October 22, 2009 - Tobacco companies that operate in Canada may face at least C$200 billion ($192 billion) in claims from governments seeking compensation for treatment of smoking-related illnesses and lost taxes from smuggling, an Ontario judge said. “On these two tracks, we have to be talking a couple hundred billion,” Superior Court Judge Peter Cumming said at a hearing in Toronto today.
Ontario, Canada’s most populous province, has sued tobacco manufacturers and is seeking C$50 billion to cover the costs of treating smokers in the government-funded health-care system for cancer and other tobacco-related illnesses. British Columbia was the first province to sue and is seeking unspecified damages as is New Brunswick. Quebec has said it plans to sue and will likely seek about C$30 billion, said Laura Donaldson, an attorney for British Columbia.
The tobacco companies may also face further claims from provinces alleging they lost taxes because the companies exported Canadian cigarettes to the U.S. in the 1990s, knowing they would be smuggled back into Canada for resale on the black market. Provinces also claim smuggling led to an increase in smoking among youth, adding to the health-care costs.
Imperial Tobacco Canada Ltd. and Rothmans agreed last year to pay about C$1.15 billion in fines and penalties to settle a federal smuggling case. JTI-MacDonald, the Canadian unit of Japan Tobacco Inc. (JTI) and the third-biggest Canadian cigarette manufacturer, wasn’t a part of the settlement.
JTI won bankruptcy protection in 2004 after Quebec’s Ministry of Revenue demanded a C$1.4 billion payment for lost taxes from smuggling. The company said it had C$1.81 billion in assets and C$1.8 billion in liabilities.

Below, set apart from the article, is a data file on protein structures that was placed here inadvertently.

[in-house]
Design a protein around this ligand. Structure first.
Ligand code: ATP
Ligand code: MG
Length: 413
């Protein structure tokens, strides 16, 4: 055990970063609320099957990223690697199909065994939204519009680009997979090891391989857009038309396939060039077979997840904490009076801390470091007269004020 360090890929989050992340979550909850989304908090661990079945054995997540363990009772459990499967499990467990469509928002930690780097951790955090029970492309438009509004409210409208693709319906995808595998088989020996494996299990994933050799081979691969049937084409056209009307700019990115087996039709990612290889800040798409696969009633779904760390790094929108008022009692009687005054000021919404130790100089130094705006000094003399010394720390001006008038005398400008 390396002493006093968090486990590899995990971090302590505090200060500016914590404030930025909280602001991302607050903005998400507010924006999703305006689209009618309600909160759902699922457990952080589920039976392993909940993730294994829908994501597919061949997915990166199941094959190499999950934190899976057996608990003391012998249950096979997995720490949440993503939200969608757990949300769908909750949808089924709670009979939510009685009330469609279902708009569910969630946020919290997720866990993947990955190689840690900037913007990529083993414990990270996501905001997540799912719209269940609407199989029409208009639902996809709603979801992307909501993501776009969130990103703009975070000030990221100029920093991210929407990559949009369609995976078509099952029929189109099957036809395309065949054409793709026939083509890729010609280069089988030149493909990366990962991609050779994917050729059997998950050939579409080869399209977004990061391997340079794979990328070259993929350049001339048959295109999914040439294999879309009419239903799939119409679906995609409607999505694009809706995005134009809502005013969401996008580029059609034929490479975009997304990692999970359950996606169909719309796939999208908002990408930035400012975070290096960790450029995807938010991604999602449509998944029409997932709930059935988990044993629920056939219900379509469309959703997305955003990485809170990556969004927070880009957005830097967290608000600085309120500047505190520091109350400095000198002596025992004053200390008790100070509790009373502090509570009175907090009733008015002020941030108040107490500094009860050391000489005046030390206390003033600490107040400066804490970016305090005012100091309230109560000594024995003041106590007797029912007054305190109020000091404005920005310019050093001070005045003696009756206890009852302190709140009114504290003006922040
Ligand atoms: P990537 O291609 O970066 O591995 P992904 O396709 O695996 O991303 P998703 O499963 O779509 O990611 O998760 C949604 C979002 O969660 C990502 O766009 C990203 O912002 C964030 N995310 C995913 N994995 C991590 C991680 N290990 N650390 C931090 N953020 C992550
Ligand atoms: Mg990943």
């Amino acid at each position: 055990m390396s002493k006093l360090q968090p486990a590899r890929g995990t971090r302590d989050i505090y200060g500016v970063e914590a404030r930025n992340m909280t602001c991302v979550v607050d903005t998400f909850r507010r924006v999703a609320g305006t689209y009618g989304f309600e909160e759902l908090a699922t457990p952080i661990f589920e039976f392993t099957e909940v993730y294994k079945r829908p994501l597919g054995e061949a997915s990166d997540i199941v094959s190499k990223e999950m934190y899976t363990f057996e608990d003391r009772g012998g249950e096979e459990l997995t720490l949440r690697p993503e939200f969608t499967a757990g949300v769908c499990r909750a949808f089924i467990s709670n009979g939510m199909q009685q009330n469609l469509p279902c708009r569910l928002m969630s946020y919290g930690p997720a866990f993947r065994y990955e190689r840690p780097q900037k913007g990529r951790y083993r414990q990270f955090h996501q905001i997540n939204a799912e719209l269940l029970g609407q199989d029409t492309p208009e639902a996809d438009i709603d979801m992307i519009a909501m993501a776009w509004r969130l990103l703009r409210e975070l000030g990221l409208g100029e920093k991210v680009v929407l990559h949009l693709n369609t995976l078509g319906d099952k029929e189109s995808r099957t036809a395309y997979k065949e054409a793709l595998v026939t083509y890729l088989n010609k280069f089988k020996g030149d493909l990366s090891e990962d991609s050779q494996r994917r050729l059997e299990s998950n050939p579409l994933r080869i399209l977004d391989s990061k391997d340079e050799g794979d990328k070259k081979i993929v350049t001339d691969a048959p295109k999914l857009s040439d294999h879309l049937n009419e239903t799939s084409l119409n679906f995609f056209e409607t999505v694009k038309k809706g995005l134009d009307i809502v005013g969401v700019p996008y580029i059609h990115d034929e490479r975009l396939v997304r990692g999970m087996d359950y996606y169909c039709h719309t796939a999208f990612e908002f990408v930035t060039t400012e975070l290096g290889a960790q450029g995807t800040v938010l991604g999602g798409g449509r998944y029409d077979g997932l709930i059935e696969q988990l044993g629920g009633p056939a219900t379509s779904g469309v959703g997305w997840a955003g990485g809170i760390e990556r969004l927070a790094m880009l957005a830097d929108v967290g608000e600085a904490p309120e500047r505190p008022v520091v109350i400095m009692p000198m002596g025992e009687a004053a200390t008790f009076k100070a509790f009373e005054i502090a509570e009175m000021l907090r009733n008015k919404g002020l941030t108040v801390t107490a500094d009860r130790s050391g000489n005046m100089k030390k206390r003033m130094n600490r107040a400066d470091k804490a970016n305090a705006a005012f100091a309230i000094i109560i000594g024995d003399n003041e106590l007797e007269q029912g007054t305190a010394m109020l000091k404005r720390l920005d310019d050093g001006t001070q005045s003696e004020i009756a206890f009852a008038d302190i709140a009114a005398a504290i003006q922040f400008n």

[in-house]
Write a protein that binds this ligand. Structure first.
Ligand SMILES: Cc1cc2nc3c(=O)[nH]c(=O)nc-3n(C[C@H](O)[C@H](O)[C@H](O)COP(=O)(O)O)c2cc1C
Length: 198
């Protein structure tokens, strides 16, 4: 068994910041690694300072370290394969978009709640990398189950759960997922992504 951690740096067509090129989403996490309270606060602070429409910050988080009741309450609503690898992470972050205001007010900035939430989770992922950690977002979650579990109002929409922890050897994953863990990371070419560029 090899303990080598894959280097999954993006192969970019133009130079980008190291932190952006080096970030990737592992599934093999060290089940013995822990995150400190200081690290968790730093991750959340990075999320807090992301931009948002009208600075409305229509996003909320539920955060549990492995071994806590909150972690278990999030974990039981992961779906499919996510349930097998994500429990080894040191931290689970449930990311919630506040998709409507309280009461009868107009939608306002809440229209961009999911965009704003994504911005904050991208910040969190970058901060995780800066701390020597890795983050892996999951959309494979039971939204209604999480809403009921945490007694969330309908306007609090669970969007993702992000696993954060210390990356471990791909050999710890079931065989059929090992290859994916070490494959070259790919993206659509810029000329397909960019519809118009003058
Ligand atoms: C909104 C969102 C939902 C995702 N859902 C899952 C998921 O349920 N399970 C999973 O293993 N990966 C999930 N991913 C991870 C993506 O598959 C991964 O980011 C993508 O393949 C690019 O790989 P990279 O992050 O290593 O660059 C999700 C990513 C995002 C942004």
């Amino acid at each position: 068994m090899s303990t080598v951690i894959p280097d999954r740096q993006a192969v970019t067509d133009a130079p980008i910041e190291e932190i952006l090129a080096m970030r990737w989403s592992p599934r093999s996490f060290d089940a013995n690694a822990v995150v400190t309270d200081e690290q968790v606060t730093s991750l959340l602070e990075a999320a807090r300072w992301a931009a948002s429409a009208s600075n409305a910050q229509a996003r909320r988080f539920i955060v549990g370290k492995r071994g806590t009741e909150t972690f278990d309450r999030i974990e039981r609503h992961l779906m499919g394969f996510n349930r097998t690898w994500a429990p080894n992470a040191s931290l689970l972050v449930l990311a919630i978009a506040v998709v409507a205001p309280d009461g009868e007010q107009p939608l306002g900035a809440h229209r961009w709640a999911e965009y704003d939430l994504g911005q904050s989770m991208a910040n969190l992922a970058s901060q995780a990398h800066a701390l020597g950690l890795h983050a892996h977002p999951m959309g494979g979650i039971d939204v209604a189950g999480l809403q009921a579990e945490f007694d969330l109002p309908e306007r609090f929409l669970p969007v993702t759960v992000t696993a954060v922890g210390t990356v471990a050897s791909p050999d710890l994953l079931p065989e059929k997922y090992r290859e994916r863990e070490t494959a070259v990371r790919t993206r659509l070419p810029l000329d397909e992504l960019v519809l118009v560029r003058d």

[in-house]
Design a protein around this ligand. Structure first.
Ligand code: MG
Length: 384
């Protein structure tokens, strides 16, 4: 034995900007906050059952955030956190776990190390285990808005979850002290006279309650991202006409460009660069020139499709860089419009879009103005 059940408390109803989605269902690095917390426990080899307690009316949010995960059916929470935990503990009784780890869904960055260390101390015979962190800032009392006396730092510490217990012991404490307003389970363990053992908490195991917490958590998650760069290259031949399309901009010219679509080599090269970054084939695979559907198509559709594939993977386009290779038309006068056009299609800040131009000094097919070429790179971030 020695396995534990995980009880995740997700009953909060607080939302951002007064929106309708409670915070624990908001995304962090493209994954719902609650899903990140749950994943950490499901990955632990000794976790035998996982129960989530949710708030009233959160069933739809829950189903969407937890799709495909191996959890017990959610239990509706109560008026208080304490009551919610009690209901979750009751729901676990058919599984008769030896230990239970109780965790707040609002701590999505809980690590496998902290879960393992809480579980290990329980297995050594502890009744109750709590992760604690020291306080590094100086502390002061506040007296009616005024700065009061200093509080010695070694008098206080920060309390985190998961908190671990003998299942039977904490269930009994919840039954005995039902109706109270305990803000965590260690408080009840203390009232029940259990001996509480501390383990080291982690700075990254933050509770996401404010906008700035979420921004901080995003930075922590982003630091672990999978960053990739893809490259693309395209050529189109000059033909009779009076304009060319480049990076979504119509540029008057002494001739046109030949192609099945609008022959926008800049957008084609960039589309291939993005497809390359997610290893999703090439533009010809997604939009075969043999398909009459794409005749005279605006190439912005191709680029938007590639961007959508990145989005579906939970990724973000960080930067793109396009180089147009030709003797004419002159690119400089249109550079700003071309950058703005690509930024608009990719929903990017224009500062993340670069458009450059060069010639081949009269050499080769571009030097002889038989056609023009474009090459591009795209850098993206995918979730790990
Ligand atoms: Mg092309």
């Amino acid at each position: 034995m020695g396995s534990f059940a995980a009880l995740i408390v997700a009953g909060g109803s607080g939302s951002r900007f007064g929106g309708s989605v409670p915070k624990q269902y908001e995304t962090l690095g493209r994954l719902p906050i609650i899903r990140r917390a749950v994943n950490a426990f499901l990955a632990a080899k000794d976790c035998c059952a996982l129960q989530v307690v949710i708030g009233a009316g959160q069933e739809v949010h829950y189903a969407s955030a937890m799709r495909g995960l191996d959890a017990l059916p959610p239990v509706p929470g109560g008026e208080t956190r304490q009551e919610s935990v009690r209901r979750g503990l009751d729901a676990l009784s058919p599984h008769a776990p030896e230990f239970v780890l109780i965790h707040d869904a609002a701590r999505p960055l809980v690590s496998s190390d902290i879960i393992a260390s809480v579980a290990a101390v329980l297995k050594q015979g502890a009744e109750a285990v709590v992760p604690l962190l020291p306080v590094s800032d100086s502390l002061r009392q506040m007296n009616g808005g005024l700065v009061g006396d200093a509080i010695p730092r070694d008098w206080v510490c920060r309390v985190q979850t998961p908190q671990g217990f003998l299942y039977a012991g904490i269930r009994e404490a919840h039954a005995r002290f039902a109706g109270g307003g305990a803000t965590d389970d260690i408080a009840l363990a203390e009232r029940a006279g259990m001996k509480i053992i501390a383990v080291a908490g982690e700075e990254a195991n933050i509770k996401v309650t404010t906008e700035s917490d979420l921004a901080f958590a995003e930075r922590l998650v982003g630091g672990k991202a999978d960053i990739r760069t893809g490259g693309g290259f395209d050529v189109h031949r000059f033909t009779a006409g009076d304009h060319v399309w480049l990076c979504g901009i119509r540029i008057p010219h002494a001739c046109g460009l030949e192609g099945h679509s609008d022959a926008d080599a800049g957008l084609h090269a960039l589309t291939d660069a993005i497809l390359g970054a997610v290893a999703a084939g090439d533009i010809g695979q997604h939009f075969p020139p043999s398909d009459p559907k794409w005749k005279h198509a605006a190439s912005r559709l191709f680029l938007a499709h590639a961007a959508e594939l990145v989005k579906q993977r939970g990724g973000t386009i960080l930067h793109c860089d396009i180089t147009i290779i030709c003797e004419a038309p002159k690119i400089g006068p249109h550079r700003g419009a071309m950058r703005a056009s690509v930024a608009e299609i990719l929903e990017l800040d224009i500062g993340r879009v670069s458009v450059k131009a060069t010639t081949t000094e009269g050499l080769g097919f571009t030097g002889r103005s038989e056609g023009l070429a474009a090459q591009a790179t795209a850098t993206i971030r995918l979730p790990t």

Canadian provinces trying to force JTI to settle these health-care claims. (Canada Provinces Accused of Misusing JTI Bankruptcy (Update2) by Joe Schneider, Bloomberg.com, 10/20/2009)
JTI assumed all the liabilities in a 1999 restructuring when debt from companies associated with Japan Tobacco was imposed on the Canadian unit to make it judgment-proof, Donaldson said. (May 12, 1999 - RJR Nabisco sells international tobacco business to Japan Tobacco..
British Columbia, Ontario and New Brunswick asked the judge to put a time limit on new health-care recovery lawsuits and allow pending claims to be included among the creditors in JTI’s bankruptcy. The company, Canada’s federal government and Ernst & Young Inc., the accounting firm appointed by the court to oversee JTI’s operations while in bankruptcy, opposed the request.
The provinces are concerned the smuggling claims may be settled for pennies on the dollar and nothing will be left for the health-care claims if they’re not included among the creditors, Davidson said.
“I don’t want to clutter up the disposition of the smuggling case,” Cumming said. “There’s so much horse-trading here.”
The judge reserved his decision, saying it will take some time to consider the request. He noted there wasn’t any urgency in disposing of the request.
The case is Between JTI-MacDonald and the Attorney General of Canada, 04-cl-5530, Ontario Superior Court of Justice (Toronto)
Reference: Tobacco Companies May Face C$200 Billion in Canadian Claims by Joe Schneider (email@example.com), Bloomberg.com, 10/21/2009.